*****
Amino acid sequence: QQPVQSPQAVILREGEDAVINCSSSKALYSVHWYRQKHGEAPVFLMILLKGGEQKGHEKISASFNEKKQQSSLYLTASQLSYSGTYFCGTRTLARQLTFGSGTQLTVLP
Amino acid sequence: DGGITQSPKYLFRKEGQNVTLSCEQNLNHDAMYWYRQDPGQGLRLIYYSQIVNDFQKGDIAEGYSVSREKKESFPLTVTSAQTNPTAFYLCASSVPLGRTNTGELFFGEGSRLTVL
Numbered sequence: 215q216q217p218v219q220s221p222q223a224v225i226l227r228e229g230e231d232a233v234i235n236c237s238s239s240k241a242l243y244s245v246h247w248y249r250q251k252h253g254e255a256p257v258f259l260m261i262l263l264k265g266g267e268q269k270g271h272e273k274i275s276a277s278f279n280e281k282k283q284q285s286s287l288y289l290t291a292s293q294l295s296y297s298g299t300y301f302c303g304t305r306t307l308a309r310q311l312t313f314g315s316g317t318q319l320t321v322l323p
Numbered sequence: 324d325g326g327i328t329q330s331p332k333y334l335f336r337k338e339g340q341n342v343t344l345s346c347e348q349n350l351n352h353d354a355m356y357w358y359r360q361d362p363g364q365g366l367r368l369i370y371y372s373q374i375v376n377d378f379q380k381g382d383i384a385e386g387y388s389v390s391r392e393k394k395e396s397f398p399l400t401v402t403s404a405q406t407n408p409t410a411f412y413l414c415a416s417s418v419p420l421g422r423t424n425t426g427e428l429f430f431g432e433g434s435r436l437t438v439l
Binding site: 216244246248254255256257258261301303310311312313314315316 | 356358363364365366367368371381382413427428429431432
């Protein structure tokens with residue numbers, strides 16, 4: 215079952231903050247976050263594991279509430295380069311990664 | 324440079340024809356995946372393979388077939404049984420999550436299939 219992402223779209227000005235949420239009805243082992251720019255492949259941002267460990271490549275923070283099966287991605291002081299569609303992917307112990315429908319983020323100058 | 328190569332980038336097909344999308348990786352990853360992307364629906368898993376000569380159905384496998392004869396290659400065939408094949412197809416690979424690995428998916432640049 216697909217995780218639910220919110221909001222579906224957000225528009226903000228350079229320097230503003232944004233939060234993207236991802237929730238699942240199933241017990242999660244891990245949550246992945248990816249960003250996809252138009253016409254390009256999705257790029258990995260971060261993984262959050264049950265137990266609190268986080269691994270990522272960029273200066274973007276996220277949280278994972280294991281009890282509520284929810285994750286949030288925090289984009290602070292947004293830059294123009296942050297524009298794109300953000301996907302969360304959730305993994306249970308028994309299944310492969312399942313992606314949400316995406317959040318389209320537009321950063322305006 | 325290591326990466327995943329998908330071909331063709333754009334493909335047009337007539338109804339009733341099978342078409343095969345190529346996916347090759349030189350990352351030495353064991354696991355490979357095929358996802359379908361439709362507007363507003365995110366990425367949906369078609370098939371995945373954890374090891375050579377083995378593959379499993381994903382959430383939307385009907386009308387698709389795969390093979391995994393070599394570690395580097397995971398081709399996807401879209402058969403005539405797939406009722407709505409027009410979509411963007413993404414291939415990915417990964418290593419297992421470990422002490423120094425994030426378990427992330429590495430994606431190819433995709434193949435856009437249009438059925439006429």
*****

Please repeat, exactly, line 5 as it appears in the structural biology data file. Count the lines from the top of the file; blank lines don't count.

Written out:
Binding site: 216244246248254255256257258261301303310311312313314315316 | 356358363364365366367368371381382413427428429431432